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Farm, family strengthen Penguins' top pick

| Sunday, June 26, 2011

ST. PAUL, Minn. — If Norman Rockwell had been born in Canada, he'd have invested canvas after canvas painting scenes from the lives of common people like Joe Morrow.

Grew up on a farm.

Frozen pond out back.

Hockey all through the family.

And, as the story progresses, the young man dons a suit, heads to the big city and hears his name called at the NHL Entry Draft, just as Morrow, an 18-year-old defenseman from Canada's Western Hockey League, did Friday night when the Penguins chose him in the first round, 23rd overall.

It's the Canadian dream.

"Yeah, I guess you could say that," said David Morrow, Joe's father. "We've got a little of all of that."

The Morrows' 40-acre family farm is in Sherwood Park, Alberta, east of Edmonton and surrounded by "trees, wild animals and snow," as David Morrow put it. The farm once had cattle, but all that grows there now is hockey talent. That is largely because of a nearby lake that freezes over for months at a time.

As children, Morrow, older brother Josh and friends would go to the lake, shovel off the loose snow, replace their boots with blades, plant the boots 6 feet apart on the ice to simulate nets, then skate until sunset.

"That little lake helped a lot," Joe Morrow said.

Josh Morrow, now 28, was drafted by Nashville in 2002, when current Penguins general manager Ray Shero was the Predators' assistant GM and was highly influential in the pick. But Josh Morrow was forced to retire while in junior hockey because of a shoulder surgery that went awry.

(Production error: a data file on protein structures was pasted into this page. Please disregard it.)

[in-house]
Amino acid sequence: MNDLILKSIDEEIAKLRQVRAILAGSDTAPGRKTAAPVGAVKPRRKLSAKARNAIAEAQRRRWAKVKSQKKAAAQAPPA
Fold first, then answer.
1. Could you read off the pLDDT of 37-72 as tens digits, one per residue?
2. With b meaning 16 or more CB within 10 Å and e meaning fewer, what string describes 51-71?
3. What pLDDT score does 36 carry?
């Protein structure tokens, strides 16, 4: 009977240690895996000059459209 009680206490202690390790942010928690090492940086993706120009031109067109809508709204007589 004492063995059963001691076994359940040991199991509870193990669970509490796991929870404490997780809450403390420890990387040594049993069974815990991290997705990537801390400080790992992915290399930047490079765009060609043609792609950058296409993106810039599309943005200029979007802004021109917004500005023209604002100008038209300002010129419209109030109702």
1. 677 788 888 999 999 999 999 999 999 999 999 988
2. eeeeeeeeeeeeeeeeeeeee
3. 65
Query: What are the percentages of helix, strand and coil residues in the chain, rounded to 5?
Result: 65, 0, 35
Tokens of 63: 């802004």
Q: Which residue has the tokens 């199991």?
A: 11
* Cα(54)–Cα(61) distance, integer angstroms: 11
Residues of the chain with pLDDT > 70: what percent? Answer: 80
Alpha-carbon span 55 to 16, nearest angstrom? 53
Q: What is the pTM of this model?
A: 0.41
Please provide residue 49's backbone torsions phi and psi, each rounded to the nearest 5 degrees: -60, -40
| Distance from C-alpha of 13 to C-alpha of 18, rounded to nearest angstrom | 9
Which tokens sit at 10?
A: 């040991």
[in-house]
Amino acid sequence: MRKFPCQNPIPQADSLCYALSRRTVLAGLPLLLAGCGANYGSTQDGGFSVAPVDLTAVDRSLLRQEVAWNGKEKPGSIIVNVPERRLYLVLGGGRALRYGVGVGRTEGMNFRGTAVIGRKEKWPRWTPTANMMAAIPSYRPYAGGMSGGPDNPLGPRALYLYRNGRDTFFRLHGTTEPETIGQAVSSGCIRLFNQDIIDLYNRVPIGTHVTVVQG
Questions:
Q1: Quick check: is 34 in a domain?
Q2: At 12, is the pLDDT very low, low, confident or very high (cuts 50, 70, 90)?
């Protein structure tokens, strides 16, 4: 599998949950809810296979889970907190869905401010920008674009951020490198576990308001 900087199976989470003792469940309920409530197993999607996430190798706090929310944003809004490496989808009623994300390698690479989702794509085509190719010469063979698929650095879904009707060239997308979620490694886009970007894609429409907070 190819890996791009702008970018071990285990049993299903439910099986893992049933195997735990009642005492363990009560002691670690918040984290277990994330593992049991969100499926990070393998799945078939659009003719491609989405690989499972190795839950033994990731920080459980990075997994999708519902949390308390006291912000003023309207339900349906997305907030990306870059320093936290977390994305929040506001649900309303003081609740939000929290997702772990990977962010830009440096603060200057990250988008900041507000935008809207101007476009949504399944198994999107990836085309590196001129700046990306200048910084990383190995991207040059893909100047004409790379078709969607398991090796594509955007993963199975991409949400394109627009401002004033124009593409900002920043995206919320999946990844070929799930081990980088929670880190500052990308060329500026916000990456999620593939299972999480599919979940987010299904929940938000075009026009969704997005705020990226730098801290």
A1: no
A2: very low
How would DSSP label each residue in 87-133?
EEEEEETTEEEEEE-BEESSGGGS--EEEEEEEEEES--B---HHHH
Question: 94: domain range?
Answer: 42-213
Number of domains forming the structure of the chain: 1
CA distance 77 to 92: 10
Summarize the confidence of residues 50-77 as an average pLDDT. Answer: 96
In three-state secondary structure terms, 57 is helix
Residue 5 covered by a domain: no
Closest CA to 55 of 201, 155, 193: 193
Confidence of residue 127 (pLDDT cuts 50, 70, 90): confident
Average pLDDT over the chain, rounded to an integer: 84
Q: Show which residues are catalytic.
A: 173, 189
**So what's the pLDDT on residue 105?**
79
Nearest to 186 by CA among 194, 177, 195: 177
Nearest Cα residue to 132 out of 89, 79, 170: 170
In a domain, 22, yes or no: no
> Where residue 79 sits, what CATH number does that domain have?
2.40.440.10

Dave Morrow was drafted, too, in 1973 by Vancouver and went on to play 10 games in the old World Hockey Association.

"Josh was a phenomenal skater, and Joe is becoming that," Dave Morrow said. "He's got a very powerful stride."

Is it the bloodlines?

"Coming from a hockey family, you've got pretty good genetics behind you," Joe Morrow said. "Plus, you're always around hockey."

"I'd say it's hard work," the father said. "Nothing in this life comes easy."

That includes Joe Morrow's powerful shot, the trait that Penguins scouts liked most.

"If you ask me, that shot came from all the shoveling of the snow the kids used to have to do on that lake," Dave Morrow said. "Makes the wrists strong."

Joe Morrow doesn't exactly blush when the topic is raised.

"I shoot the puck pretty hard," he said with a grin.

Morrow had nine goals and 40 assists in 60 games this past season for Portland of the WHL, as well as 67 penalty minutes. He does not have great size, at 6-foot, 200 pounds, but he impressed the Penguins enough that Shero dubbed him a two-way defenseman unlike any in a system already rich at the position.

"We feel as though he's pretty much the complete package," said Randy Sexton, the Penguins scout who saw Morrow the most. "We had him rated very high. He has the skating, skill and overall game to be a very good NHL defenseman."

And atop that list, Sexton added, "You just can't underestimate what a hard shot he has."

Mike Johnston, head coach and GM in Portland, laughed when recalling a game in which Morrow rushed up ice and ripped a puck past Kelowna's goaltender with such force that it was in and out of the net before there was a reaction.

"It's a booming shot," Johnston said. "He's not a big, big guy, but he overpowers guys, and that includes the shot. Our players call it farmer's strength. Other guys can work out forever and never get that strong."

Morrow has room to improve defensively, scouts agree, but most of that is merely positional.

"He's a puck-moving D-man, and he just needs experience in making the right play," Johnston said. "And really, he's perfect for the system Dan Bylsma plays. He really likes to jump into the offense."

"Pittsburgh's got phenomenal forwards, and I'm going to do my best to get them the puck," Joe Morrow said. "Hopefully, I'll get to be a more well-rounded defenseman and be more consistent, more aggressive in my own end."

The Penguins apparently made quite the impression on the Morrow family as well, inviting David, wife Dorrie and the children up to their suite after the first round Friday.

"They're a true family," David Morrow said. "That's where we come from. We're country folk. Family's No. 1."

"Family comes first," Joe Morrow echoed, "and hockey comes second."

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